by Lachlan J. Gunn, N. Asokan, Jan-Erik Ekberg, Hans Liljestrand, Vijayanand Nayani, Thomas Nyman
Hardware Platform Security for Mobile Devices is a new book, published in Now’s Foundations and Trends in Privacy and Security series. A preprint is available here.
See here for more of our research in the area of platform security.
Today, personal mobile devices like smartphones and tablets are ubiquitous. People use mobile devices for fun, for work, and for organizing and managing their lives, including their finances. This became possible because over the last two decades, mobile phones evolved from closed platforms intended for voice calls and messaging to open platforms whose functionality can be extended in myriad ways by third party developers. Such wide-ranging scope of use also means widely different security and privacy requirements for those uses. The mobile device ecosystem involved multiple different stakeholders such as mobile network operators, regulators, enterprise information technology administrators, and of course ordinary users. So, as mobile platforms became gradually open, platform security mechanisms were incorporated into their architectures so that the security and privacy requirements of all stakeholders could be met. Platform security mechanisms help to isolate applications from one another, protect persistent data and other on-device resources (like access to location or peripherals), and help strengthen software against a variety of attack vectors. All major mobile platforms incorporate comprehensive software and hardware platform security architectures, including mechanisms like trusted execution environments (TEEs).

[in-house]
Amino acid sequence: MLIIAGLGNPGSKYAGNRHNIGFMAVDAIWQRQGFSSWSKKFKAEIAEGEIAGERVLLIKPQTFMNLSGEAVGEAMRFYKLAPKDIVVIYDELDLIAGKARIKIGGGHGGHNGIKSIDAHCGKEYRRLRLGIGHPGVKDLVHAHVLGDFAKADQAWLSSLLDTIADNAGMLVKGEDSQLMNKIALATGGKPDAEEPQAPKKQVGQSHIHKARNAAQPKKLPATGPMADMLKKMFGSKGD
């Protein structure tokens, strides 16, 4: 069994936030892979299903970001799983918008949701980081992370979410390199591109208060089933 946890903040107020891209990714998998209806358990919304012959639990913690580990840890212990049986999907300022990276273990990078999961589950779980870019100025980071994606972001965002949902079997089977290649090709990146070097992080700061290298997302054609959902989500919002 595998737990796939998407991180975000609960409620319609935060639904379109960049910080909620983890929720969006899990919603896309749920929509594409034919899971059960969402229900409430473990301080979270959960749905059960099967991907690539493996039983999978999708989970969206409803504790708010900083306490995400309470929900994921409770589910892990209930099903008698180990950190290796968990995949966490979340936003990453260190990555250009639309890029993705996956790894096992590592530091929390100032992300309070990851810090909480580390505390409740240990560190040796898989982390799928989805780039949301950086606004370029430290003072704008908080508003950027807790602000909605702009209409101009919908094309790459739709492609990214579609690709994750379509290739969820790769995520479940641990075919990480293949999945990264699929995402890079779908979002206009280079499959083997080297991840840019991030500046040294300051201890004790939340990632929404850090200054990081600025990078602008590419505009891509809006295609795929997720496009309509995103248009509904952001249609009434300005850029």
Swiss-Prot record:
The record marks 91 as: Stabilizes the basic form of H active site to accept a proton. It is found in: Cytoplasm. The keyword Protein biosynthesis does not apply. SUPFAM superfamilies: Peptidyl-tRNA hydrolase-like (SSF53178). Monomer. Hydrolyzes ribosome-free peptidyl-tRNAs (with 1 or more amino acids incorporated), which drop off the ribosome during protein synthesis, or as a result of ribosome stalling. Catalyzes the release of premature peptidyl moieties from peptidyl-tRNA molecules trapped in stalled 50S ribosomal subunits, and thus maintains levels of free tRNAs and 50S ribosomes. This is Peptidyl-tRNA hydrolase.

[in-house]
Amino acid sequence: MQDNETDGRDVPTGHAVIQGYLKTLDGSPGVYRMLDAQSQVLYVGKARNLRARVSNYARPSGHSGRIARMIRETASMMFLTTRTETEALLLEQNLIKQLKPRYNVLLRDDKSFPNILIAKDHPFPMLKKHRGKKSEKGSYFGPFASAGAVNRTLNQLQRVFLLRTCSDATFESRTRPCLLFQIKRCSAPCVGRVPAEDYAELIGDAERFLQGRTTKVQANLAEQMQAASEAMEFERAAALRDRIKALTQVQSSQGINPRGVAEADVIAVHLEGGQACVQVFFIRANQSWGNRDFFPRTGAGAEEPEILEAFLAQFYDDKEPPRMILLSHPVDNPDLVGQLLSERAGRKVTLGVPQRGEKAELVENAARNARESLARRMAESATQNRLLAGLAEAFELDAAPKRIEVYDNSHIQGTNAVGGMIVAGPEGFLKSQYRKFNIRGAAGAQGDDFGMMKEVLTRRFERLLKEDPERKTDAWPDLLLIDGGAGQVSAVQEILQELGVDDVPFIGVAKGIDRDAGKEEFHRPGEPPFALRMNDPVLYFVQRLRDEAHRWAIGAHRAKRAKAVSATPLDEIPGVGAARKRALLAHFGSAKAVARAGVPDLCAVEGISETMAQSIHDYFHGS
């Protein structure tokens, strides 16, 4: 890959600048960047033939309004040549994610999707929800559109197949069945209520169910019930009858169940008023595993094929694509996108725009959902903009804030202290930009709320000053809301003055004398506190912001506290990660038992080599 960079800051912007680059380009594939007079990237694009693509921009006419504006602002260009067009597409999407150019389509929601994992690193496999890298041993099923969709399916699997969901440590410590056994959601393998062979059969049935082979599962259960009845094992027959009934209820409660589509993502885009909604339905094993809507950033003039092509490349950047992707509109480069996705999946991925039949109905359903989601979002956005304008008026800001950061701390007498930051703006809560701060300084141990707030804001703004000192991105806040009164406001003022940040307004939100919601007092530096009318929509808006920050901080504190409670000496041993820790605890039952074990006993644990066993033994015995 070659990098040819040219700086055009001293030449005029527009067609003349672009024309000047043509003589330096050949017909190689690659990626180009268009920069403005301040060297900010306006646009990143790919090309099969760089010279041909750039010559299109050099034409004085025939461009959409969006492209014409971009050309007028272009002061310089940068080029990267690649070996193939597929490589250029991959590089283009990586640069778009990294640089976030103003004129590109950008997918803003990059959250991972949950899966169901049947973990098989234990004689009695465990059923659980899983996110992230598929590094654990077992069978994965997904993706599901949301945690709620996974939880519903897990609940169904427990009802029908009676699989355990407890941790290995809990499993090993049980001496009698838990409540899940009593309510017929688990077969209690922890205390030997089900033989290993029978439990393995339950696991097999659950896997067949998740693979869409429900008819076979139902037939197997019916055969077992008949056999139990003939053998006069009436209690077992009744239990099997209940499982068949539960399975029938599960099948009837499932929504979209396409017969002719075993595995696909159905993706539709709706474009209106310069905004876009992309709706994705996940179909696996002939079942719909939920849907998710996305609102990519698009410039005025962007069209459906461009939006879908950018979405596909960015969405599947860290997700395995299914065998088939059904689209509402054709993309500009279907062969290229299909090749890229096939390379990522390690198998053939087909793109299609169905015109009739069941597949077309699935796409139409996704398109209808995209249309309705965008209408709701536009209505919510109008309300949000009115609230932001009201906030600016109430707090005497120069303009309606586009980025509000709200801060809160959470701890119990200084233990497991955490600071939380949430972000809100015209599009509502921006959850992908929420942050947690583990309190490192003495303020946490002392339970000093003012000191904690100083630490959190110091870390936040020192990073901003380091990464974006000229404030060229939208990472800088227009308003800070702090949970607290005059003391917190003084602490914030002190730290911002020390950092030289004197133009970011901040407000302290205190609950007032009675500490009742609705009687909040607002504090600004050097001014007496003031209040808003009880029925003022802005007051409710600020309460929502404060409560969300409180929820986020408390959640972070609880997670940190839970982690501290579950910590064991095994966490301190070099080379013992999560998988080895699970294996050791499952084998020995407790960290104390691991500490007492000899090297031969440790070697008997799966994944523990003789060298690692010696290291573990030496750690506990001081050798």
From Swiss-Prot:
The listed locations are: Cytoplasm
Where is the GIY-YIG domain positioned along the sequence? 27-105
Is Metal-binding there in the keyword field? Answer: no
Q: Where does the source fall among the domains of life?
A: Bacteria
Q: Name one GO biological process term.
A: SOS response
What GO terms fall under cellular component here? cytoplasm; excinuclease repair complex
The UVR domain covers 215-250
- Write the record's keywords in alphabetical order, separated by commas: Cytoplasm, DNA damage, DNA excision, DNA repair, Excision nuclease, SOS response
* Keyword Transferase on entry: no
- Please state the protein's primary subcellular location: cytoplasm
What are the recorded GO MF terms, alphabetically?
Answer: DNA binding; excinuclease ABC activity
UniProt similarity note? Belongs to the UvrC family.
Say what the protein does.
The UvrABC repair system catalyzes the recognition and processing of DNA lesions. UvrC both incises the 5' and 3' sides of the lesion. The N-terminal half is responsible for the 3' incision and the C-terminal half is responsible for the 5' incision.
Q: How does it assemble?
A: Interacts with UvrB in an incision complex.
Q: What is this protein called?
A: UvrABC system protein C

Over the past decade, mobile devices have been undergoing convergences in multiple dimensions. The distinction between “mobile” and “fixed” devices has blurred. Similar security mechanisms and concepts are being used across different platforms, leading to similar security architectures. Hardware enablers used to support platform security have gradually matured. At the same time, there have also been novel types of attacks, ranging from software attacks like return- and data-oriented programming to hardware attacks like side channels that exploit micro-architectural phenomena. It is no longer tenable to assume that the current hardware security mechanisms underpinning mobile platform security are inviolable.
The time is therefore right to take a new look at mobile platform security, which brings us to this book. We focus on hardware platform security. The book is divided into four parts: we begin by looking at the why and how of mobile platform security, followed by a discussion on vulnerabilities and attacks; we conclude by looking forward discussing emerging research that explores ways of dealing with hardware compromise, and building blocks for the next generation of hardware platform security.
Our intent is to provide a broad overview of the current state of practice and a glimpse of possible research directions that can be of use to practitioners, decision makers, and researchers.